Sinn Féin wounded by IRA crime cash claims
Sinn Féin leader breaks 24-hour silence
Sinn Féin is reeling as pressure mounts for an investigation into allegations the proceeds of IRA crime are finding their way into the political project, following blunt exchanges in the Dáil.
In an astonishing move for a party challenging for power, Gerry Adams was forced to defend his party during Leaders' Questions against claims from IRA members that they believe Sinn Féin is run by the Provo's army council.
Those claims were contained in a review of paramilitary activity in the North ordered by the British government.
The focus has now shifted squarely on to the usage of Provo cash from smuggling and extortion and the proceeds of the Northern Bank raid and whether these are being used to support Sinn Féin activities.
In a sign of how wounded the party has been by the latest revelations of continuing IRA involvement, a Sinn Féin TD resorted to crassly insulting Fianna Fáil leader Micheál Martin when he raised the threat to democracy in the Dáil.
After refusing to comment on the damning findings of the report on paramilitary activities in Northern Ireland for 24 hours, Mr Adams finally broke his silence. The under-fire Sinn Féin president alleged that the report's findings were little more than "mischief making" by MI5 and the PSNI.
However, the Irish Independent understands there is deep concern at the highest levels of Government over the possible usage of money raised by Provo criminals for political ends.
Last night, Mr Martin called for a new body to monitor paramilitary activities on both sides of the border.
In the Dáil yesterday, he said: "We must ask whether people are absolutely certain that any of the proceeds from the organised crime being committed by alleged individual Provo republicans is not finding its way to the political project.
He referred to the proceeds of the Northern Bank robbery, and urged TDs to check court records from 2010, which show that three members were prosecuted and found guilty of handling proceeds from the Northern Bank robbery.
"One was an unsuccessful candidate for Sinn Féin and the other was a fundraiser for the party. The third member in the courts pleaded guilty and described himself as a republican and Sinn Féin member. My point is that there is form in this respect. People may not like what I am saying, but it happened."
Speaking to the Irish Independent last night, Mr Martin said: "I think there is a legitimate case for a broader investigation. That's why I asked the Taoiseach to consider a joint British-Irish government agency to be established, to be well-resourced to get at this area."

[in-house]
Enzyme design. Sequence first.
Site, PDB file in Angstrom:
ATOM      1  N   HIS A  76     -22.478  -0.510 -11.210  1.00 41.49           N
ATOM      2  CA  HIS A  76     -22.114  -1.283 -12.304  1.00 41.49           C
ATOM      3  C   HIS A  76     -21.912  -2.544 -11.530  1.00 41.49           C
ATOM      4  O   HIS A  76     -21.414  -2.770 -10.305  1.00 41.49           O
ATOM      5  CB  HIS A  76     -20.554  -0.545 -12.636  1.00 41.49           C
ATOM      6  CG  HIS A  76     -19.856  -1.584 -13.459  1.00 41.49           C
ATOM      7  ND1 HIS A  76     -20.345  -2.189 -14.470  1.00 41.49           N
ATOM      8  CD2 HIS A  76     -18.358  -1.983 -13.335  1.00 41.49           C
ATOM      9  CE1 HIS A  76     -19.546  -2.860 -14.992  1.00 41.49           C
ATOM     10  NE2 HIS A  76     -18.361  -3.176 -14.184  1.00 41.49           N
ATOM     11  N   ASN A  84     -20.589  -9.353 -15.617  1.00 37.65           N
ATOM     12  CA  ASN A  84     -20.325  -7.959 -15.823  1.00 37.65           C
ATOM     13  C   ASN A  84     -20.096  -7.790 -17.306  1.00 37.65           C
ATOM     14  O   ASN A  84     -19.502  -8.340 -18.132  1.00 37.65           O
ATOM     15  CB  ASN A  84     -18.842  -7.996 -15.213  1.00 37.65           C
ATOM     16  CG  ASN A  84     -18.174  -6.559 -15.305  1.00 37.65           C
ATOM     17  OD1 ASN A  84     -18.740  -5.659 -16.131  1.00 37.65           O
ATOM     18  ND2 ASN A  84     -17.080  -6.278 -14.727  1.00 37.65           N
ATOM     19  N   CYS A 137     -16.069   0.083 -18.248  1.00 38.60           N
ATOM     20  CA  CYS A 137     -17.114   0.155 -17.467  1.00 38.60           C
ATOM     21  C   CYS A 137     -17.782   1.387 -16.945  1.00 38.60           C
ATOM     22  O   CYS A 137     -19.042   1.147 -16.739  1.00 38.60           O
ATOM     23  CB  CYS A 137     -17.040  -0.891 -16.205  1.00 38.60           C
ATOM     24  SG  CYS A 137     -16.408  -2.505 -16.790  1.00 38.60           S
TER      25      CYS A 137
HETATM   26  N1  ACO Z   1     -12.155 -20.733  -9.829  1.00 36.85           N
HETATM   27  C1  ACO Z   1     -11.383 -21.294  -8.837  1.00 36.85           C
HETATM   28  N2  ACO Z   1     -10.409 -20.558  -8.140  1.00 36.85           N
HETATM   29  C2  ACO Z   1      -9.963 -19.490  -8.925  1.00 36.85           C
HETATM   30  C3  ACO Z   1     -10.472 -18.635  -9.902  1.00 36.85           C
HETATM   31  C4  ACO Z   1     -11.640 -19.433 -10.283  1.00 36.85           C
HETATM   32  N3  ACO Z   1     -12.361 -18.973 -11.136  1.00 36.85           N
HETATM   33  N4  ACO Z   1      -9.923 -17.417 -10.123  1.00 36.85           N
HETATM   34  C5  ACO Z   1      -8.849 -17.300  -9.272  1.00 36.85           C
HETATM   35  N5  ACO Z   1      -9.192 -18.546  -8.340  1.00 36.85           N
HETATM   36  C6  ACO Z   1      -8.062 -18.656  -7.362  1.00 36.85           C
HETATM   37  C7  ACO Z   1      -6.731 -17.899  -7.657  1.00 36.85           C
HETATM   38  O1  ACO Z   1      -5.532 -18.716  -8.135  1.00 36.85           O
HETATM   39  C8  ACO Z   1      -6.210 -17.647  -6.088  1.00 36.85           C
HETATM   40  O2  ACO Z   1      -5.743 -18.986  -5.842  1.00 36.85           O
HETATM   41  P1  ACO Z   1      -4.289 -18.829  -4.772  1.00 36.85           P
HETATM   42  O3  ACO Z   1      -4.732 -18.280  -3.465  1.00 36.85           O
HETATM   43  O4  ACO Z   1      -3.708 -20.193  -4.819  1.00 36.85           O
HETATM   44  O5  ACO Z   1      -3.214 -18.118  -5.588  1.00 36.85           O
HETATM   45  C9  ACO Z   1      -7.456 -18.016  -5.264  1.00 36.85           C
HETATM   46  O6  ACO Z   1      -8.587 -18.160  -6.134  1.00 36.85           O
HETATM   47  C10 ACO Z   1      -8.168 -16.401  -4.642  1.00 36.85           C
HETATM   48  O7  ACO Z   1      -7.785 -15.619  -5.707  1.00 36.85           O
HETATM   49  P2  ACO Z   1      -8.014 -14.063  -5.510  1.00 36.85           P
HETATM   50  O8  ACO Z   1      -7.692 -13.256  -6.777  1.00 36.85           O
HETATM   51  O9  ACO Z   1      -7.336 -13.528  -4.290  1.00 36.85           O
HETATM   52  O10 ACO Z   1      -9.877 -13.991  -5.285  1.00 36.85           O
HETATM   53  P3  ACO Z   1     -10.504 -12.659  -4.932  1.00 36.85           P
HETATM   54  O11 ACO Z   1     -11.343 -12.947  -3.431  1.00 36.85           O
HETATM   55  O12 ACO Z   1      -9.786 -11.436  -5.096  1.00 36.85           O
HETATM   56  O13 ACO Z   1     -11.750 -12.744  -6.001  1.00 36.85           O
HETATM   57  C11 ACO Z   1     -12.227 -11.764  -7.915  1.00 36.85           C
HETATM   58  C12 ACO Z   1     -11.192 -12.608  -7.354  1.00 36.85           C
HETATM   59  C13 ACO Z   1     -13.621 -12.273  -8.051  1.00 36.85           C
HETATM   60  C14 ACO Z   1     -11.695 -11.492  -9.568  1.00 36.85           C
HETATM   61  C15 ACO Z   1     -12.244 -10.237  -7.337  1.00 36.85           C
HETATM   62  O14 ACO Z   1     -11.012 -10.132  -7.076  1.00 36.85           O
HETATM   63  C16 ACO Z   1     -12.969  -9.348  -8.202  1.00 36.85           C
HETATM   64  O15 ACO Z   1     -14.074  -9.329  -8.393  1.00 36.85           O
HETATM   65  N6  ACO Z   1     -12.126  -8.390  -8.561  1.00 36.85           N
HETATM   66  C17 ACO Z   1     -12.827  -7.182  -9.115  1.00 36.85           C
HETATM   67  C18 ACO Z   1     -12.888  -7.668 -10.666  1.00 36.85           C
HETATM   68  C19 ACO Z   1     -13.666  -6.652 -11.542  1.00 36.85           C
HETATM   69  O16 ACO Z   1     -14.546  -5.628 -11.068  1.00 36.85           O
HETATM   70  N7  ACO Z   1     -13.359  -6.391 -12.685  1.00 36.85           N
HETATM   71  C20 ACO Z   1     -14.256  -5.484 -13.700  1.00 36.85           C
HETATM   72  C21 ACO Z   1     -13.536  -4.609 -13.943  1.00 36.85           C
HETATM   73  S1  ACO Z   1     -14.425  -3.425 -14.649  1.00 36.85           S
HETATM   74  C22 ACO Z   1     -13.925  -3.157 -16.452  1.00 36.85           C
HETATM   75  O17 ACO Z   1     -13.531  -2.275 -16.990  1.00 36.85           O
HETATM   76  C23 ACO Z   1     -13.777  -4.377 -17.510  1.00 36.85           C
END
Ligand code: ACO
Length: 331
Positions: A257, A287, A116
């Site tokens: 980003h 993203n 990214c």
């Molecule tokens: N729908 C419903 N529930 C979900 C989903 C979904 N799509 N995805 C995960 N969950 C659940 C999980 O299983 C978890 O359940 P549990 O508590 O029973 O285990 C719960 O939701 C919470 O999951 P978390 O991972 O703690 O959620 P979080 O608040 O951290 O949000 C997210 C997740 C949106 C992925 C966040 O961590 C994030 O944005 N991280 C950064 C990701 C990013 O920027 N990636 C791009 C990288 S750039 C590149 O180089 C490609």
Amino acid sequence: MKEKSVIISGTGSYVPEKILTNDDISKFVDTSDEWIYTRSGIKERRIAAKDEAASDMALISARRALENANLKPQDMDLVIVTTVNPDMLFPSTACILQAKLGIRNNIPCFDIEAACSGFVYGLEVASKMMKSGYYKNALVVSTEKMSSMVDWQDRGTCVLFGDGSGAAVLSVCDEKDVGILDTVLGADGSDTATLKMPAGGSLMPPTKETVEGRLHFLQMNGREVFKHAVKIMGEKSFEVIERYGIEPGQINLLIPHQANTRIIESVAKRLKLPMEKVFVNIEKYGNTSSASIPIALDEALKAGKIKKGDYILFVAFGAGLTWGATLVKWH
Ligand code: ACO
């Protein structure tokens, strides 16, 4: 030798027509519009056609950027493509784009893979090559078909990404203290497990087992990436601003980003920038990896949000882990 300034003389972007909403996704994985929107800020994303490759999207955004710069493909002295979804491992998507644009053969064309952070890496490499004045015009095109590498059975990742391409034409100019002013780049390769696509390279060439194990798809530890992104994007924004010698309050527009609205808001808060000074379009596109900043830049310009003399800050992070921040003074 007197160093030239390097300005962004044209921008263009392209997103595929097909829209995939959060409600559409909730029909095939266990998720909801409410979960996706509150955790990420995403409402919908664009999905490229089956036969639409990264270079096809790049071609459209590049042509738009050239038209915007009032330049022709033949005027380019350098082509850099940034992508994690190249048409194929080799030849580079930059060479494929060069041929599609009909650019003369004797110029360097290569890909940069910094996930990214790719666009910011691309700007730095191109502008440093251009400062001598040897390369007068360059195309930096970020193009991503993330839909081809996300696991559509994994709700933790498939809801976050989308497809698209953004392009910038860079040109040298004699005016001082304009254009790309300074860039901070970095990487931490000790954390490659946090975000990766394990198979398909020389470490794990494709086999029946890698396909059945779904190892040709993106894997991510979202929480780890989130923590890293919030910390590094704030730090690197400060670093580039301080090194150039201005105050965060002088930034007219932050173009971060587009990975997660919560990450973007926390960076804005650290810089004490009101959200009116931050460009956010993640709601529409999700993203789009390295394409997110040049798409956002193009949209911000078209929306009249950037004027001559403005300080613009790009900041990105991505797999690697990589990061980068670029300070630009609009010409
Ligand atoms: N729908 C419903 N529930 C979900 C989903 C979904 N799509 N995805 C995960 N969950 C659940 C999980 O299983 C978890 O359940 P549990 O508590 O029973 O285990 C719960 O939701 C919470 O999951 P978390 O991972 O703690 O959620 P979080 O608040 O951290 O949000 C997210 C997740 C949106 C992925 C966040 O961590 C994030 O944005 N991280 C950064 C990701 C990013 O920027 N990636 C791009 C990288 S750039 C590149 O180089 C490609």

His comments followed an attack on him by Sinn Féin TD Pádraig Mac Lochlainn, who repeatedly called him a "gurrier" during a Dáil debate on Provo activity.
During the heated Dáil session Deputy Mac Lochlainn referred to Mr Martin as "a gurrier", "a political gurrier" and "the prime gurrier in these Houses".
Sinn Féin party members laughed and jeered throughout the debate and Mr Adams called the Fianna Fáil leader "idiotic" for his stance on the power- sharing executive in Northern Ireland.
"That is the type of intimidation that people engage in when they are challenged," Mr Martin responded.
Taoiseach Enda Kenny said he had differences of opinion with Mr Martin but would never "descend to the level" of name calling.
The report on paramilitaries found that PIRA members believe its senior ranks oversee Sinn Féin.
The report also said some PIRA members were involved in "large-scale" smuggling and other forms of criminality including murder.
Gardaí investigating cross- border crime have arrested 50 individuals with links to the PIRA and sought to recover around €28m from the proceeds of crime.
Garda Commissioner Nóirín O'Sullivan yesterday said people who were associated with the PIRA are currently involved in political parties.
However, she said gardaí had no evidence to suggest the Provo army council "continue to meet or continue to exist in the form that was once assumed".
"So in other words, they do not meet to direct military operations and I think that's a very important distinction to make," she said.
Justice Minister Frances Fitzgerald called on Sinn Féin to clearly address the findings in the PSNI and Garda reports on paramilitary activities.
"Clearly the paramilitary legacy has to be addressed and new initiatives will be needed in order to ensure that this legacy is dealt with," Ms Fitzgerald said.